Despite lack of time together, USA expects more cohesive unit vs. Portugal

Players of the United States celebrate scoring during the group E match between the United States and the Netherlands at the FIFA Women's World Cup Australia & New Zealand 2023 in Wellington, New Zealand, July 27, 2023. (Guo Lei/Xinhua via Getty

The United States women's national team players are fully aware they haven't played anywhere near their best yet at this World Cup.

Players have said it to each other, and Vlatko Andonovski has admitted it himself.

"That's a fair statement," the U.S. head coach said after a 1-1 draw against the Netherlands.

"Part of the reason," he continued, "is because this team has not had time together. The first time we've seen this team [play] together is Game 1. And now we've seen them in Game 2. So in Game 3, we expect to grow from there. 

"The baseline is the second half of [the Netherlands match], and as we move forward, we're going to see a better and better U.S. team."

That's quite the promise, and one the USWNT hopes to fulfill in a pivotal group stage showdown against Portugal on Tuesday at Eden Park (coverage begins at 1 a.m. ET with kickoff at 3 a.m. ET on FOX and the FOX Sports app). 

The 23 players Andonovski selected for this roster were not the original group he imagined he'd bring when he was first hired in 2019. As he embarked on a four-year cycle that would culminate this summer, he assumed he'd have veteran weapons such as Catarina Macario, Sam Mewis, Becky Sauerbrunn and Mallory Swanson. Maybe even Christen Press and Abby Dahlkemper, too. But injuries (some new, others recurring) kept many star players with major tournament experience out of contention.

Andonovski has had to adapt and tinker with lineups to try to build a cohesive winning group. The challenge is that national teams aren't club teams. The players aren't training together regularly except for a few weeks out of the year.

"You're in and out all the time," midfielder Andi Sullivan said. "So you're constantly adjusting."

That's OK sometimes. The squad that won it all four years ago in France didn't necessarily play more pre-tournament matches together, but they also didn't have quite as many national team newbies. There weren't significant injuries to playmakers in the lead up, either. 

This time, though, there are 14 newer faces, some of whom only earned their first senior national team caps last year (Naomi Girma, Trinity Rodman and Alyssa Thompson). Savannah DeMelo made her USWNT debut at the send-off game July 9 and has started the first two matches in the central midfield.

So, how can this team jell quickly when they are still getting used to playing with each other? Especially in a game with nervy implications. The U.S. currently sits atop Group E based on goal differential and advances to the knockout round with a win or draw. A loss would mean the dream of making history and winning three consecutive titles is over. The Americans have never not made it out of the group stage at a World Cup.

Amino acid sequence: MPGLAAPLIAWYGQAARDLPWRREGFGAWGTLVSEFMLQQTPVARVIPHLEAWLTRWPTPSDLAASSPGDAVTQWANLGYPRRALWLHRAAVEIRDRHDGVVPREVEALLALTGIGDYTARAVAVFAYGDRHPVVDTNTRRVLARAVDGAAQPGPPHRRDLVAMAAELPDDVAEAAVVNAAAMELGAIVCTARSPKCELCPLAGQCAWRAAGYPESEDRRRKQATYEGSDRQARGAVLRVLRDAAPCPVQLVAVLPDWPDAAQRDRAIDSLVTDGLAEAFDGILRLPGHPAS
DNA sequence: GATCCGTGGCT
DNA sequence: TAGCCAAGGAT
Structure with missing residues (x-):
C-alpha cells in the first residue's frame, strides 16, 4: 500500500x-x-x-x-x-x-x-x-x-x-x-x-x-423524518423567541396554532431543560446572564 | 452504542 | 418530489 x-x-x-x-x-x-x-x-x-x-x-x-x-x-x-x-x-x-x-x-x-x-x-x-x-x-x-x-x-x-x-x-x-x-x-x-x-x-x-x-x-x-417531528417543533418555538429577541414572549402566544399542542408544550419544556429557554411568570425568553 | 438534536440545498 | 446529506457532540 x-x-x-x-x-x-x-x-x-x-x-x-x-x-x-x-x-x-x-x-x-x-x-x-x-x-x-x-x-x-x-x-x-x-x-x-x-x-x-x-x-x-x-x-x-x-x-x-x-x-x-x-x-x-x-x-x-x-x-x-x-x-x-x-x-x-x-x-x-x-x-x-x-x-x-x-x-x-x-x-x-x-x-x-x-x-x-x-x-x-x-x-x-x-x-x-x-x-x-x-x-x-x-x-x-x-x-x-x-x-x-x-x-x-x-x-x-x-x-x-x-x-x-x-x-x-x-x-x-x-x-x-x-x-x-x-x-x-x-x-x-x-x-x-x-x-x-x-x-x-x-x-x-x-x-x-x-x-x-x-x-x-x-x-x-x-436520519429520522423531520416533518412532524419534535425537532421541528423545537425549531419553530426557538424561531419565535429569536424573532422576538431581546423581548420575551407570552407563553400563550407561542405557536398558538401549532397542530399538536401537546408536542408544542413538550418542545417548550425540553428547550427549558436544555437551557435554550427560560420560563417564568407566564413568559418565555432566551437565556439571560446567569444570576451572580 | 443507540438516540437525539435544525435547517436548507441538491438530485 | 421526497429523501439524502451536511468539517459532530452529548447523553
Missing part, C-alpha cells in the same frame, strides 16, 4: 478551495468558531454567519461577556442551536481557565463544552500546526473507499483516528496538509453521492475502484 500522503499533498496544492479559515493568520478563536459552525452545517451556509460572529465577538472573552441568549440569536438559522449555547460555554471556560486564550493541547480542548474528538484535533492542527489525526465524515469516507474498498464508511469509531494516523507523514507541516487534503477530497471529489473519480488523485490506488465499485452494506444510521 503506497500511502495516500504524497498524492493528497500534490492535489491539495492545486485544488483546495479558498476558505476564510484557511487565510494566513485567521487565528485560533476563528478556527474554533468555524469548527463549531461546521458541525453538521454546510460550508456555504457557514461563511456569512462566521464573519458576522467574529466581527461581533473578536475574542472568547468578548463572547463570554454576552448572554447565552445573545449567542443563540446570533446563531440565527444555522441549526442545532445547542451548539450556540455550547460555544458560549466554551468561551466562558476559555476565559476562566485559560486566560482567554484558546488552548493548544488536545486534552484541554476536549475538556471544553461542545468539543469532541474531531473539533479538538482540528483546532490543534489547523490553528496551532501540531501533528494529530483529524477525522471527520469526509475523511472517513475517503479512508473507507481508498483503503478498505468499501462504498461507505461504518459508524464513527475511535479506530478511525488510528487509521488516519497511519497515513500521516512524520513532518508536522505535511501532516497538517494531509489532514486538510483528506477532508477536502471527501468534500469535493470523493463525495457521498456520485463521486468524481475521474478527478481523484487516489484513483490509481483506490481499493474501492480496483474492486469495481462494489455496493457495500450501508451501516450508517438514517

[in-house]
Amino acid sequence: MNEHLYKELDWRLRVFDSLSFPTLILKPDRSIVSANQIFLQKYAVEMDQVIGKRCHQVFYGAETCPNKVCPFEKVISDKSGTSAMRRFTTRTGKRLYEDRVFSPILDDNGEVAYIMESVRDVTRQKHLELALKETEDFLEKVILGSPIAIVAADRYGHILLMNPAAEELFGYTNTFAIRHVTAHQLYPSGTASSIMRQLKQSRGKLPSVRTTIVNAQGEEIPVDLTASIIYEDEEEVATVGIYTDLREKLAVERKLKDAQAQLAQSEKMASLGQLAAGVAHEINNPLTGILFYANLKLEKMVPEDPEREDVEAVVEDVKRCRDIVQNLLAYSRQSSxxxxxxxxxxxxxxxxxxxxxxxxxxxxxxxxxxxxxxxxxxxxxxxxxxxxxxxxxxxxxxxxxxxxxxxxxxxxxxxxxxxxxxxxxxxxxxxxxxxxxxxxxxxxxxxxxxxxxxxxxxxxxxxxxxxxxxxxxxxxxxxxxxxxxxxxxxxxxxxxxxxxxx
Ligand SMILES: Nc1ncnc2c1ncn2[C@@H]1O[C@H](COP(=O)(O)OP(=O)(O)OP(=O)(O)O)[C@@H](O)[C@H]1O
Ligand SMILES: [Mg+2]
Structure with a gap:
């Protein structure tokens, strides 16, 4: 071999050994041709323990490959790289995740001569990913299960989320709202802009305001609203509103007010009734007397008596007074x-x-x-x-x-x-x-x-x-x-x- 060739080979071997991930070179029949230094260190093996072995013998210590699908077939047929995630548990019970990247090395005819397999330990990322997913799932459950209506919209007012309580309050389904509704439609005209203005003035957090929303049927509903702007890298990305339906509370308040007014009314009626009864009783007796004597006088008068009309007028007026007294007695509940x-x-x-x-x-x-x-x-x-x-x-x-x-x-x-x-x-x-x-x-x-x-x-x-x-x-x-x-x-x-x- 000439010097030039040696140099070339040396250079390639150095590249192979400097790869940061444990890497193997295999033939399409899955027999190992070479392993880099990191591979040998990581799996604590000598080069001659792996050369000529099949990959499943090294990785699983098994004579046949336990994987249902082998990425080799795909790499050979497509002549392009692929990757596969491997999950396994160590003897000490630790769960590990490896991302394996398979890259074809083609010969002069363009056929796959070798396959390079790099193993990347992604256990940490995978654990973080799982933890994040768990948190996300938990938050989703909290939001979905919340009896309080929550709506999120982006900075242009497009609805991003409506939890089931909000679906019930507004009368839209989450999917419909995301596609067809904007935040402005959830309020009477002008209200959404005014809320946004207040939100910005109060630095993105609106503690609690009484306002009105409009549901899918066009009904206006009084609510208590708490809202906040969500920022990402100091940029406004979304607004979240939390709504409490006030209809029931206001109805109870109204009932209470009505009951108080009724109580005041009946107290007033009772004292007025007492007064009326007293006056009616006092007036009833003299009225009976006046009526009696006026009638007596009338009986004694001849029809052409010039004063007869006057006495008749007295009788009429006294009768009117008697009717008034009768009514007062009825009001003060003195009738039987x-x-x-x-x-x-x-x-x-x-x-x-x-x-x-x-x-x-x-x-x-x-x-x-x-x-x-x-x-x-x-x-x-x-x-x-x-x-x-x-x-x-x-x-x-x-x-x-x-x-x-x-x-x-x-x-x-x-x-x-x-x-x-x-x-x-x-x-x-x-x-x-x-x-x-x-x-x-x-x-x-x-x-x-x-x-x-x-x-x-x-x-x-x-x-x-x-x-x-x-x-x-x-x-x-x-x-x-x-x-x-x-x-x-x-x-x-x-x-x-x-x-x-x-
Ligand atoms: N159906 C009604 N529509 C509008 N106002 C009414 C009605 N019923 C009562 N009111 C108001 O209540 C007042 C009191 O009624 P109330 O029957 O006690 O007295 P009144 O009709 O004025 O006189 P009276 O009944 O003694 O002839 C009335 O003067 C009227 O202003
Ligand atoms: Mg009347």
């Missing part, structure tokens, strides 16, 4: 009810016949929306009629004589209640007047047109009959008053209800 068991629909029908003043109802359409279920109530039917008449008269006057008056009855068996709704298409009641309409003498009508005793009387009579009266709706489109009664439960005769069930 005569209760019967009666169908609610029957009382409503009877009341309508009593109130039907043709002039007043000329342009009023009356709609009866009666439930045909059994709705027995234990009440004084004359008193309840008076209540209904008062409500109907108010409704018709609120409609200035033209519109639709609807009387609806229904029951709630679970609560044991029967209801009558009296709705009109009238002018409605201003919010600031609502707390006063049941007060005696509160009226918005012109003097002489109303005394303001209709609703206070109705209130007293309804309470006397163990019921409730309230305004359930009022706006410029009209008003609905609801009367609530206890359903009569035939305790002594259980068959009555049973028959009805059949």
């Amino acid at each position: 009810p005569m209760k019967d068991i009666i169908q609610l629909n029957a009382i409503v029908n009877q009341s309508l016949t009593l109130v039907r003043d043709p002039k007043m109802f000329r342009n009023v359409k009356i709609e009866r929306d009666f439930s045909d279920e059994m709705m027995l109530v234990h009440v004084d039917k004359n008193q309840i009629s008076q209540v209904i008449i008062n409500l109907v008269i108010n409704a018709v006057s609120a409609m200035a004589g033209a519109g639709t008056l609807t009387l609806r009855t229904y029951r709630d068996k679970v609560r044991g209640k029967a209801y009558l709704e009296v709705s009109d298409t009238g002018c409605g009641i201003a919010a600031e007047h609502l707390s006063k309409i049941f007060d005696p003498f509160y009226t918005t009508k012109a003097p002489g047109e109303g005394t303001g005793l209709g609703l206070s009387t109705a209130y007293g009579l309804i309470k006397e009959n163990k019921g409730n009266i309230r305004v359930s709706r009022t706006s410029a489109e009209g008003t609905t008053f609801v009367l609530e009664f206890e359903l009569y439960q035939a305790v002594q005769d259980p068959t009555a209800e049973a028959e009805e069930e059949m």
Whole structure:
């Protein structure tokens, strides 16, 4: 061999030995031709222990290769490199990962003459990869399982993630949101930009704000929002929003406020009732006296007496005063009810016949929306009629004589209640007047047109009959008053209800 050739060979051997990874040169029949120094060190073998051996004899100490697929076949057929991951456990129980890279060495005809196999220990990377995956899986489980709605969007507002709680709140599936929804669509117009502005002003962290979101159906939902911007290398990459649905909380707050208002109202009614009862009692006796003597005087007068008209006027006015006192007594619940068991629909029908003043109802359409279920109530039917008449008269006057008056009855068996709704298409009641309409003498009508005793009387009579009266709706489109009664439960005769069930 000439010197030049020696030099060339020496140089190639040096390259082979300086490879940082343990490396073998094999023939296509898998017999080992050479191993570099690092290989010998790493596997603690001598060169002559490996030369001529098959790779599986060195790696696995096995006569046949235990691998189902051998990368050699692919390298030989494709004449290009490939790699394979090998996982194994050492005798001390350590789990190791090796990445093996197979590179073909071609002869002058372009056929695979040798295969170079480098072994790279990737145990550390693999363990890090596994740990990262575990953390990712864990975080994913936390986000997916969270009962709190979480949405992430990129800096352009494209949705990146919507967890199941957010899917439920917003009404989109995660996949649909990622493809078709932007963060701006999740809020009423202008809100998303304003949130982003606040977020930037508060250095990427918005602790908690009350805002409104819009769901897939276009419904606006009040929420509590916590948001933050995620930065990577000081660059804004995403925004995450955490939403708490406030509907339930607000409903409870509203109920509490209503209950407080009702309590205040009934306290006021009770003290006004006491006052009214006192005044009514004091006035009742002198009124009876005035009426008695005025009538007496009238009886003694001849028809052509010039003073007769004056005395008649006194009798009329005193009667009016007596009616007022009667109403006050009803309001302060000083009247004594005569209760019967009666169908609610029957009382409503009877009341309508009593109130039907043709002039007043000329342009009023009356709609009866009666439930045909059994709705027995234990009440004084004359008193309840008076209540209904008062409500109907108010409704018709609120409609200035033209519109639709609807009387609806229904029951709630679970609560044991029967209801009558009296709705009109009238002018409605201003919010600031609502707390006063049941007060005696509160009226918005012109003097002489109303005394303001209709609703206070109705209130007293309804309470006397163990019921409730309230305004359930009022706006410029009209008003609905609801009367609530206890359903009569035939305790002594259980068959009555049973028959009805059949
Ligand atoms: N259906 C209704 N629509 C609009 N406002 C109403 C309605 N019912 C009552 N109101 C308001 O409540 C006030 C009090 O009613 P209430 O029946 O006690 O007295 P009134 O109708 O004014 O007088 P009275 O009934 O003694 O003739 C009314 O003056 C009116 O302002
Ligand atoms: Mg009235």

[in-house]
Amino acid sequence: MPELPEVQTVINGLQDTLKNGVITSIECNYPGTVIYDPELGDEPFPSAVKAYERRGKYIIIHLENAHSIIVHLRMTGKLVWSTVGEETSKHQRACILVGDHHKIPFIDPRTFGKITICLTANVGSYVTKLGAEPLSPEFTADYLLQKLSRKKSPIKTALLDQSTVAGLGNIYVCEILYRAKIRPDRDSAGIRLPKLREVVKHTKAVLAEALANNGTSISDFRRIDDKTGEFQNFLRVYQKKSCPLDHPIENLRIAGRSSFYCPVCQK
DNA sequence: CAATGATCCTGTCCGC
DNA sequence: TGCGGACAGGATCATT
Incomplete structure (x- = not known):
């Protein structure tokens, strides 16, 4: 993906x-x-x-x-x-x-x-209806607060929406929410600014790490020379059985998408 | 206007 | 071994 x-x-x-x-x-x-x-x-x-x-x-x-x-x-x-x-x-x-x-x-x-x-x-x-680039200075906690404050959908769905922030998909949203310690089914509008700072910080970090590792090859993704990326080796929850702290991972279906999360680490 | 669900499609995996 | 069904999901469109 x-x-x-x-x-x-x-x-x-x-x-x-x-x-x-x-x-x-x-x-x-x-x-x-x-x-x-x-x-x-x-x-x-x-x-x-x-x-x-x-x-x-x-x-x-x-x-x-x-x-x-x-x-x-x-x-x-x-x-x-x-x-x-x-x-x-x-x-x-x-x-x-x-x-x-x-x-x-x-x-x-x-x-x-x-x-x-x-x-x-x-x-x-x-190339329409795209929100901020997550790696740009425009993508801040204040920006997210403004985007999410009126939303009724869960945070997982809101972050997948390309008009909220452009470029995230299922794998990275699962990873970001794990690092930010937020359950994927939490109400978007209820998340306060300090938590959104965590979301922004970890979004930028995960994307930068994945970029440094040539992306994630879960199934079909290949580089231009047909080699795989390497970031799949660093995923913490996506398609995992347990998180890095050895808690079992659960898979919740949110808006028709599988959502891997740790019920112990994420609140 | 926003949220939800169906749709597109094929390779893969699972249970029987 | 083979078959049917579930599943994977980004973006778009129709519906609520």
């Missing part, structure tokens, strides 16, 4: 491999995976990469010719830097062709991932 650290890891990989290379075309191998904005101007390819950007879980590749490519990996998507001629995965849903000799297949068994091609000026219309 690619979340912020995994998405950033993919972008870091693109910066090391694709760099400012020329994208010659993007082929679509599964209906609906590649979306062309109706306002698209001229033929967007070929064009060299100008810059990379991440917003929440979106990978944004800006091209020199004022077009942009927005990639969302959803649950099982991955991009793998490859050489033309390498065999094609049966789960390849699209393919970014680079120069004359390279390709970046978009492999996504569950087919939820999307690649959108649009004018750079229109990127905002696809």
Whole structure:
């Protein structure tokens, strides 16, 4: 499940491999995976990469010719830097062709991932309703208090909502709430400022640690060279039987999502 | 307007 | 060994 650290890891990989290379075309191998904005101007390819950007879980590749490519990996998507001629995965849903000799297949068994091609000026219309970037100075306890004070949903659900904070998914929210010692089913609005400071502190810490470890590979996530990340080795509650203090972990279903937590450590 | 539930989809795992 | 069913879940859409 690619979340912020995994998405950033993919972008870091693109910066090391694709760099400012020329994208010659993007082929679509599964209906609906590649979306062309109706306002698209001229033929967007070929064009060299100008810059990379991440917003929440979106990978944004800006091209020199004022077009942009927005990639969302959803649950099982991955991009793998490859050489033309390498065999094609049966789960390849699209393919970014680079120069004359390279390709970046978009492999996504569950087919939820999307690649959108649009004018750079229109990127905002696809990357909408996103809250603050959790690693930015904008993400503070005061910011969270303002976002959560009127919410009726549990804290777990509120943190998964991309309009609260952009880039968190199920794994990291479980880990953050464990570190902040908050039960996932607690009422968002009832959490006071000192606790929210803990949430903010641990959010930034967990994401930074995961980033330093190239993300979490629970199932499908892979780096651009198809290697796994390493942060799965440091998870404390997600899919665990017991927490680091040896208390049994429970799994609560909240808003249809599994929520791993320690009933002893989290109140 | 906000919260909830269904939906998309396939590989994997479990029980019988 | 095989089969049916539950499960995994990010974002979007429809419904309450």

"We're very direct when something is not going the way that we want it to go," Sullivan said, explaining how the team gets in sync with each other. "You have to be direct and clear and honest and loud."

There's a history of having direct conversations on this team. It comes with the high standards and expectations set by previous generations. 

Before the Netherlands match, Carli Lloyd shared a story on the FOX Sports pregame show about being forthright with Julie Ertz during the 2015 World Cup semifinal match against Germany.

Ertz, then 23 years old and playing in her first World Cup, committed a foul in the box that led to a German penalty kick. 

"In that moment, Julie Ertz started crying and getting emotional," Lloyd said. "And I turned to her — I'm not going to use the language that I used on the pitch — but I told her to snap out of it. It was blunt, it was direct, but in that moment you can't dwell on what's happened, and it's important to move on."

German forward Celia Sasic missed that spot kick, and the U.S. ultimately won 2-0 to clinch a spot in the final.

Sullivan said there were pointed conversations in the locker room during halftime against the Dutch because the Americans knew they could play better. It started as player-to-player discussions, including substitutes telling starters at their respective positions what they were seeing from their vantage point on the bench. Then it evolved to coaches giving their perspective. 

Younger players, Sullivan said, have gotten used to this kind of feedback and handle these moments with "grace and confidence."

"It was very direct, knowing that we could do better and sorting out what the issues were," Sullivan said. "This is what we didn't do, this is what went well, this is what we need to do better, let's execute." 

However, as clear and succinct as this team is willing to be with each other, that doesn't change the fact the USWNT hasn't looked the part of the ruthless, do-anything-to-win team yet. 

It showed a glimpse after the break when Rose Lavelle came in and co-captain Lindsey Horan scored an equalizer following a skirmish with Dutch midfielder and Lyon teammate Danielle van de Donk in the 62nd minute. Only then did the USWNT look more dangerous.

But as Andonovski said, that second-half performance is the baseline now. 

And with a World Cup elimination game looming, now is the time for the U.S. to get on the same page, no matter how many minutes they've played together.

Laken Litman covers college football, college basketball and soccer for FOX Sports. She previously wrote for Sports Illustrated, USA Today and The Indianapolis Star. She is the author of "Strong Like a Woman," published in spring 2022 to mark the 50th anniversary of Title IX. Follow her on Twitter @LakenLitman.

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